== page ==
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Massy Interviews / Michael Hathaway

On Wednesday, June 15 at 6pm, join Massy ArtsMassy Books, and researcher and professor Michael Hathaway for the launch of his new book: “What a Mushroom Lives For: Matsutake And the Worlds They Make” (Princeton University Press, 2022).

For this launch, Hathaway will be joined by Gitga’at doctoral student Spencer Greening (La’goot) to discuss the ways that Western science often limits our understandings of the many living beings we share our lives with.

Click here to register for the event

Click here to purchase What a Mushroom Lives For

This interview is part of Massy Voices, an ever-evolving collection of book launches, exclusive interviews, and artist talks that celebrate community voices and the stories they carry. Click here to know more.

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To celebrate the book launch, Rafael Zen interviews Hathaway for Massy Arts, discussing mushrooms as one of the scientific zeitgeists of the 21st century, and how Western sciences have promoted a human-and-animal-centric framework of what counts as action, agency, movement, and behavior.

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Michael Hathaway / Re-thinking human-centeredness through the mushroom renaissance

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Rafael Zen – It would be impossible not to start this interview with the provocation of your book’s title. In a few words, what does a mushroom live for? And what can the reader expect from your research? Who were you writing for?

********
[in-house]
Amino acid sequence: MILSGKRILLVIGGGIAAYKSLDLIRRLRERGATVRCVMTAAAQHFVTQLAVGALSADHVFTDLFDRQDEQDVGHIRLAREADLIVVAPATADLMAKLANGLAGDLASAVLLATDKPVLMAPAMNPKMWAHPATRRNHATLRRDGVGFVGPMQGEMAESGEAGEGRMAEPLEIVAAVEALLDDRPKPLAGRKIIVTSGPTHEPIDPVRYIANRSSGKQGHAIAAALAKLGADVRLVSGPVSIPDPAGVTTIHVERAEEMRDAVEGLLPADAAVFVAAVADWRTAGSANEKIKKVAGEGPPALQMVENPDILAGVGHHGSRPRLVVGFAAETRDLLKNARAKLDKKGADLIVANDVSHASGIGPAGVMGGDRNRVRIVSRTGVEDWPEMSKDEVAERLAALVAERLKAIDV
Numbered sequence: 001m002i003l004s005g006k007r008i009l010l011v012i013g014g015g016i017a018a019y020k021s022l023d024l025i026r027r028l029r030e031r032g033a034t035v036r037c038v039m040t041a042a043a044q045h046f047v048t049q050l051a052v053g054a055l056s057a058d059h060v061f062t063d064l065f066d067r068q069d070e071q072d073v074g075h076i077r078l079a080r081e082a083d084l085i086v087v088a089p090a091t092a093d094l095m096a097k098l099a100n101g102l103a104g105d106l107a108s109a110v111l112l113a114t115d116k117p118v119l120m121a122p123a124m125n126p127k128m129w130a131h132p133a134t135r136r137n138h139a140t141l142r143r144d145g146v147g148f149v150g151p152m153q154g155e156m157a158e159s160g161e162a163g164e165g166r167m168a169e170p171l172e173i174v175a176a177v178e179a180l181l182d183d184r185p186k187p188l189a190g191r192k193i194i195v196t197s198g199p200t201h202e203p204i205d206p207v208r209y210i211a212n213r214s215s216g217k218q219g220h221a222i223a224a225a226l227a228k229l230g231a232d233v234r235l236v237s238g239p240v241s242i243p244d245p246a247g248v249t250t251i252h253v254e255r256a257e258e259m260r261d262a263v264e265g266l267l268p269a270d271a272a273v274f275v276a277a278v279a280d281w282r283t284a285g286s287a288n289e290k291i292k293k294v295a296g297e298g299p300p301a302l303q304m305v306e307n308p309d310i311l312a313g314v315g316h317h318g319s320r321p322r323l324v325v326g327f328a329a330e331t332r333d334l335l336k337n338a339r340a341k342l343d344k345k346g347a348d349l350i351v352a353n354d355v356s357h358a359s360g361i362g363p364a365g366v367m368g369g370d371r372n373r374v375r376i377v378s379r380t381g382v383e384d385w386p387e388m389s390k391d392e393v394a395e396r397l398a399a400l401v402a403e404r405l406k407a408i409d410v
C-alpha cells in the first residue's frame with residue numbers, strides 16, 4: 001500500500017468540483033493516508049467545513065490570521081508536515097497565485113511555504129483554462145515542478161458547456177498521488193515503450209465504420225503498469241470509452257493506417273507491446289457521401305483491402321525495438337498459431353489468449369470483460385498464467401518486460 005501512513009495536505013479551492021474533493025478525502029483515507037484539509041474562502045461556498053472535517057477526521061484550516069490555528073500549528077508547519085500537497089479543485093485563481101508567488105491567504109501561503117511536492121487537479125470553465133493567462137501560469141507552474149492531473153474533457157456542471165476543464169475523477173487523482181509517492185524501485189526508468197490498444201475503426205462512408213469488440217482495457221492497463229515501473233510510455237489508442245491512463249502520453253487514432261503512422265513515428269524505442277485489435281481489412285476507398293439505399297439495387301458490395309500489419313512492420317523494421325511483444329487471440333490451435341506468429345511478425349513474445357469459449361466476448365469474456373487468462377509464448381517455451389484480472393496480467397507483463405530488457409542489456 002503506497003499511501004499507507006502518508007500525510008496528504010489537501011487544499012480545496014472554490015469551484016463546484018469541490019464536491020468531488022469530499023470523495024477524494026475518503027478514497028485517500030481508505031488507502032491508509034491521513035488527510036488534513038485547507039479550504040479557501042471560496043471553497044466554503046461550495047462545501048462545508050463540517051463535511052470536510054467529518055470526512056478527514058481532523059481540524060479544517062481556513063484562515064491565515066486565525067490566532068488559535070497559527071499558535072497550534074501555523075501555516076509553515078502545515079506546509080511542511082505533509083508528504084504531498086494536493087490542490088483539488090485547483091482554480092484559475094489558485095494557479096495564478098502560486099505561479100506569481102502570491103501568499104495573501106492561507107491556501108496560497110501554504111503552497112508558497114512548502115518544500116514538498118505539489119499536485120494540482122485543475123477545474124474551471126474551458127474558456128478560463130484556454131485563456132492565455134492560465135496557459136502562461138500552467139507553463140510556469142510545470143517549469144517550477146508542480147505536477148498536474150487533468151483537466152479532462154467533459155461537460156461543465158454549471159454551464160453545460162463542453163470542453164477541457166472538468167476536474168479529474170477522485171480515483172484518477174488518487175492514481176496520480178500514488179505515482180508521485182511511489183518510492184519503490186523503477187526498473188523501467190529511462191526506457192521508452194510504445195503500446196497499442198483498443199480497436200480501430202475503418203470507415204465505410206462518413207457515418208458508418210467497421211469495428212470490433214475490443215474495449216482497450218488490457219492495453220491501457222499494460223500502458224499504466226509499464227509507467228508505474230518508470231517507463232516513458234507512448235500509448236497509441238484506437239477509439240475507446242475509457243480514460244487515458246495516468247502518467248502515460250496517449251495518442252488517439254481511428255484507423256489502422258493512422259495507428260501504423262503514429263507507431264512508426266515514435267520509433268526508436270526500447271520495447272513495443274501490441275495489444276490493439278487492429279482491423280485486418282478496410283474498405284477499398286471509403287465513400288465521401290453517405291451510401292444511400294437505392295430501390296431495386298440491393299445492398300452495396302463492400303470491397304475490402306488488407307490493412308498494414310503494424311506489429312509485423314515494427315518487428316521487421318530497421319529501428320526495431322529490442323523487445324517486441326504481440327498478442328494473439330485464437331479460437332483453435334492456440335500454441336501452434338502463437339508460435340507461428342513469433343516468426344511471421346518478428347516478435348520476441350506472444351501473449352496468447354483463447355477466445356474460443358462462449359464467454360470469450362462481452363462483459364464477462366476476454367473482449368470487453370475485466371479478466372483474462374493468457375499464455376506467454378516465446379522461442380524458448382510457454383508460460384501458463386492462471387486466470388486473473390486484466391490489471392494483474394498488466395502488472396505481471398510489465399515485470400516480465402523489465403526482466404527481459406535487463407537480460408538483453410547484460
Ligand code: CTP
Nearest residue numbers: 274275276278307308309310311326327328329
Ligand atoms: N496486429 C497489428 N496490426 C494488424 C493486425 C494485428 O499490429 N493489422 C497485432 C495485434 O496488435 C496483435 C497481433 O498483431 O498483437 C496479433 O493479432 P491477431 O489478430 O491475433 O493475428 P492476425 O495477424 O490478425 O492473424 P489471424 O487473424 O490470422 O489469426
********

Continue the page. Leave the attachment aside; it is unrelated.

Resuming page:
Michael Hathaway – Thanks so much for this interview, and I’m so glad to be in conversation with you. The title was actually suggested by the press, who told me a story that one of the famous mushroom guru, Gary Lincoff based in New York City (which harbors an amazing number of fungi), and was leading a mushroom walk.

By far the most common question about a mushroom is: can I eat it, and then if it is edible, what is it called? But this day, after an hour or so, someone asked “what are mushrooms for? What does a mushroom live for (as in what use is it in the world), and Gary answered back “mushrooms live for themselves,” which I take to mean they have their own complicated lives and lifestyles.

At least that’s how I think of it, and sadly Gary passed away unexpectedly in 2018. Gary was known as the “pied piper of mushrooms,” leading thousands of people into the amazing worlds of fungi hidden all around them in plain sight. Although the book is published by a university press, I’m mainly writing for a wide audience who want one of three different things.

Mainly, I think my readers want to really re-think their mainstream Western understanding to humans and the natural world (even this way of describing it is a serious problem!). I’ve noticed that many of us are eager to think and feel beyond these constraints, and catch glimmers of powerful experiences, but we often don’t have the words to express it.